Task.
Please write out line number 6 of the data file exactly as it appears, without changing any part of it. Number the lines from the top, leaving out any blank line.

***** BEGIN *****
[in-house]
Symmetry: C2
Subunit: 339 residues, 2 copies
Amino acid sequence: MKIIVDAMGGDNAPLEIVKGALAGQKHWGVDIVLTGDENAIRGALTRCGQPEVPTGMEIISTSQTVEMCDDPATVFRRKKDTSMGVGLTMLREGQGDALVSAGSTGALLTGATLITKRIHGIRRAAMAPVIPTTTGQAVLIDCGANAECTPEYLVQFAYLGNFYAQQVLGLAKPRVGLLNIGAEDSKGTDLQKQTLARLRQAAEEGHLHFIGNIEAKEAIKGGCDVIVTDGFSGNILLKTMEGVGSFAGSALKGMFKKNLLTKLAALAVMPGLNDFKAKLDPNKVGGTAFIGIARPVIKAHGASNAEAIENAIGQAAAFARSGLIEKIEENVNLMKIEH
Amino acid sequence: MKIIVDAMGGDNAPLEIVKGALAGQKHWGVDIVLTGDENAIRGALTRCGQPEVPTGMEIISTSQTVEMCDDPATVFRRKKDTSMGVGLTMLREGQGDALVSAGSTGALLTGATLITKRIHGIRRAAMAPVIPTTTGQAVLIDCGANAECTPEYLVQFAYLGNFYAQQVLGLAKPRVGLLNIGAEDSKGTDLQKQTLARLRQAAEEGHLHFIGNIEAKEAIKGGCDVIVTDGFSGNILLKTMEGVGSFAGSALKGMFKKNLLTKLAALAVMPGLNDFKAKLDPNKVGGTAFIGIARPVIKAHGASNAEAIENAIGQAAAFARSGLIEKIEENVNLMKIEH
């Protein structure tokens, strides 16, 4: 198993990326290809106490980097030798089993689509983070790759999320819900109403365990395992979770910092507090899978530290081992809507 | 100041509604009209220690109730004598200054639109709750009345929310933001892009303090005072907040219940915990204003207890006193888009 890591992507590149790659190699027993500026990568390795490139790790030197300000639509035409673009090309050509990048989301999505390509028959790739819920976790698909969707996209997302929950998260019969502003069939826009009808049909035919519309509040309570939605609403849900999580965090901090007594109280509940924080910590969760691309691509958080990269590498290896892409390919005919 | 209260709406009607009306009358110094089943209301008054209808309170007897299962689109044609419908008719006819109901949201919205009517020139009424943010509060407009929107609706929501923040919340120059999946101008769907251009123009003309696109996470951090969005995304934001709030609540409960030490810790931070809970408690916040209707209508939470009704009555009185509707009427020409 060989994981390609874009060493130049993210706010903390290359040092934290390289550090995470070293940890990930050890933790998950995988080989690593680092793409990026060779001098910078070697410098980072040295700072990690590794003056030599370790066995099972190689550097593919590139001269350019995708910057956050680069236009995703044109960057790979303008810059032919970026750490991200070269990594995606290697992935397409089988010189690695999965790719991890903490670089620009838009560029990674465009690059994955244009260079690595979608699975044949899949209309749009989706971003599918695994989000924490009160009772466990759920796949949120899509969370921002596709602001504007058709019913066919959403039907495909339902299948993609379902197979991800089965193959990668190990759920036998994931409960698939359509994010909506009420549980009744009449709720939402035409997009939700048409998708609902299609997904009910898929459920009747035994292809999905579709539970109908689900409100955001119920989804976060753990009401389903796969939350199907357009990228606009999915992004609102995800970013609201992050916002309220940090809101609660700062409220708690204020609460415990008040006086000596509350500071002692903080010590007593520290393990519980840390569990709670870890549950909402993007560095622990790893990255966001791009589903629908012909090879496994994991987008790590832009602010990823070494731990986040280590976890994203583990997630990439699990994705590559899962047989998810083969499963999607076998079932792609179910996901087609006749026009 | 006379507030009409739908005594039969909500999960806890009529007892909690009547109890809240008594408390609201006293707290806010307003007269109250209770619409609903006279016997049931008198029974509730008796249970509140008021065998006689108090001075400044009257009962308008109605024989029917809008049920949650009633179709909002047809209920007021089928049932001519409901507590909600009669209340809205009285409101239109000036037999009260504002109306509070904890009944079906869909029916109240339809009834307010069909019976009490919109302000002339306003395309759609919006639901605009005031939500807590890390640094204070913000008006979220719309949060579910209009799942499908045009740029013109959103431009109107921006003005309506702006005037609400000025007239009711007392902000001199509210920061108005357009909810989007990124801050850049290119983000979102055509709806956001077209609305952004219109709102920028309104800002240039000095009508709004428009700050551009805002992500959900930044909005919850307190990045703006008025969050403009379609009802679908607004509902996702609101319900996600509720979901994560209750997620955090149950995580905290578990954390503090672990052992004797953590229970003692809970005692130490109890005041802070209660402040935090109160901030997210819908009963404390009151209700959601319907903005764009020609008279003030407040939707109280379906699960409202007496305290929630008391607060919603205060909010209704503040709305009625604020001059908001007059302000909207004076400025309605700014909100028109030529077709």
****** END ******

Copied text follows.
């Protein structure tokens, strides 16, 4: 198993990326290809106490980097030798089993689509983070790759999320819900109403365990395992979770910092507090899978530290081992809507 | 100041509604009209220690109730004598200054639109709750009345929310933001892009303090005072907040219940915990204003207890006193888009 890591992507590149790659190699027993500026990568390795490139790790030197300000639509035409673009090309050509990048989301999505390509028959790739819920976790698909969707996209997302929950998260019969502003069939826009009808049909035919519309509040309570939605609403849900999580965090901090007594109280509940924080910590969760691309691509958080990269590498290896892409390919005919 | 209260709406009607009306009358110094089943209301008054209808309170007897299962689109044609419908008719006819109901949201919205009517020139009424943010509060407009929107609706929501923040919340120059999946101008769907251009123009003309696109996470951090969005995304934001709030609540409960030490810790931070809970408690916040209707209508939470009704009555009185509707009427020409 060989994981390609874009060493130049993210706010903390290359040092934290390289550090995470070293940890990930050890933790998950995988080989690593680092793409990026060779001098910078070697410098980072040295700072990690590794003056030599370790066995099972190689550097593919590139001269350019995708910057956050680069236009995703044109960057790979303008810059032919970026750490991200070269990594995606290697992935397409089988010189690695999965790719991890903490670089620009838009560029990674465009690059994955244009260079690595979608699975044949899949209309749009989706971003599918695994989000924490009160009772466990759920796949949120899509969370921002596709602001504007058709019913066919959403039907495909339902299948993609379902197979991800089965193959990668190990759920036998994931409960698939359509994010909506009420549980009744009449709720939402035409997009939700048409998708609902299609997904009910898929459920009747035994292809999905579709539970109908689900409100955001119920989804976060753990009401389903796969939350199907357009990228606009999915992004609102995800970013609201992050916002309220940090809101609660700062409220708690204020609460415990008040006086000596509350500071002692903080010590007593520290393990519980840390569990709670870890549950909402993007560095622990790893990255966001791009589903629908012909090879496994994991987008790590832009602010990823070494731990986040280590976890994203583990997630990439699990994705590559899962047989998810083969499963999607076998079932792609179910996901087609006749026009 | 006379507030009409739908005594039969909500999960806890009529007892909690009547109890809240008594408390609201006293707290806010307003007269109250209770619409609903006279016997049931008198029974509730008796249970509140008021065998006689108090001075400044009257009962308008109605024989029917809008049920949650009633179709909002047809209920007021089928049932001519409901507590909600009669209340809205009285409101239109000036037999009260504002109306509070904890009944079906869909029916109240339809009834307010069909019976009490919109302000002339306003395309759609919006639901605009005031939500807590890390640094204070913000008006979220719309949060579910209009799942499908045009740029013109959103431009109107921006003005309506702006005037609400000025007239009711007392902000001199509210920061108005357009909810989007990124801050850049290119983000979102055509709806956001077209609305952004219109709102920028309104800002240039000095009508709004428009700050551009805002992500959900930044909005919850307190990045703006008025969050403009379609009802679908607004509902996702609101319900996600509720979901994560209750997620955090149950995580905290578990954390503090672990052992004797953590229970003692809970005692130490109890005041802070209660402040935090109160901030997210819908009963404390009151209700959601319907903005764009020609008279003030407040939707109280379906699960409202007496305290929630008391607060919603205060909010209704503040709305009625604020001059908001007059302000909207004076400025309605700014909100028109030529077709």